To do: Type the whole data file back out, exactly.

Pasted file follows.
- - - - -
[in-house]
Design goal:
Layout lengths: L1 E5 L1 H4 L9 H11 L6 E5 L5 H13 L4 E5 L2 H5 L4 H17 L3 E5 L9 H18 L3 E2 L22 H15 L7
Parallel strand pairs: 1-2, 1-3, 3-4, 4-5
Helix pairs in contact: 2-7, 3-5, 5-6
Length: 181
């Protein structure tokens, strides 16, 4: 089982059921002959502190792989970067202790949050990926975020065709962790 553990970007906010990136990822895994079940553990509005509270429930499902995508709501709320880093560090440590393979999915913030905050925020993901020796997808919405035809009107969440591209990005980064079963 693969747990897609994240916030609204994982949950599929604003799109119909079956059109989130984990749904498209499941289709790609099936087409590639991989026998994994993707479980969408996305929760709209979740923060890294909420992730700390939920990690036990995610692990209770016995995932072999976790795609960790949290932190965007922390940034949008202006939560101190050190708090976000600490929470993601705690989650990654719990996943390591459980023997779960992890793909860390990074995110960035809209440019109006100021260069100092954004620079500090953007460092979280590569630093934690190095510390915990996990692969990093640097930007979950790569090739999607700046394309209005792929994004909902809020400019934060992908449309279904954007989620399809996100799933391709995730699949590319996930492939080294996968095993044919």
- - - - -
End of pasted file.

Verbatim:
[in-house]
Design goal:
Layout lengths: L1 E5 L1 H4 L9 H11 L6 E5 L5 H13 L4 E5 L2 H5 L4 H17 L3 E5 L9 H18 L3 E2 L22 H15 L7
Parallel strand pairs: 1-2, 1-3, 3-4, 4-5
Helix pairs in contact: 2-7, 3-5, 5-6
Length: 181
């Protein structure tokens, strides 16, 4: 089982059921002959502190792989970067202790949050990926975020065709962790 553990970007906010990136990822895994079940553990509005509270429930499902995508709501709320880093560090440590393979999915913030905050925020993901020796997808919405035809009107969440591209990005980064079963 693969747990897609994240916030609204994982949950599929604003799109119909079956059109989130984990749904498209499941289709790609099936087409590639991989026998994994993707479980969408996305929760709209979740923060890294909420992730700390939920990690036990995610692990209770016995995932072999976790795609960790949290932190965007922390940034949008202006939560101190050190708090976000600490929470993601705690989650990654719990996943390591459980023997779960992890793909860390990074995110960035809209440019109006100021260069100092954004620079500090953007460092979280590569630093934690190095510390915990996990692969990093640097930007979950790569090739999607700046394309209005792929994004909902809020400019934060992908449309279904954007989620399809996100799933391709995730699949590319996930492939080294996968095993044919």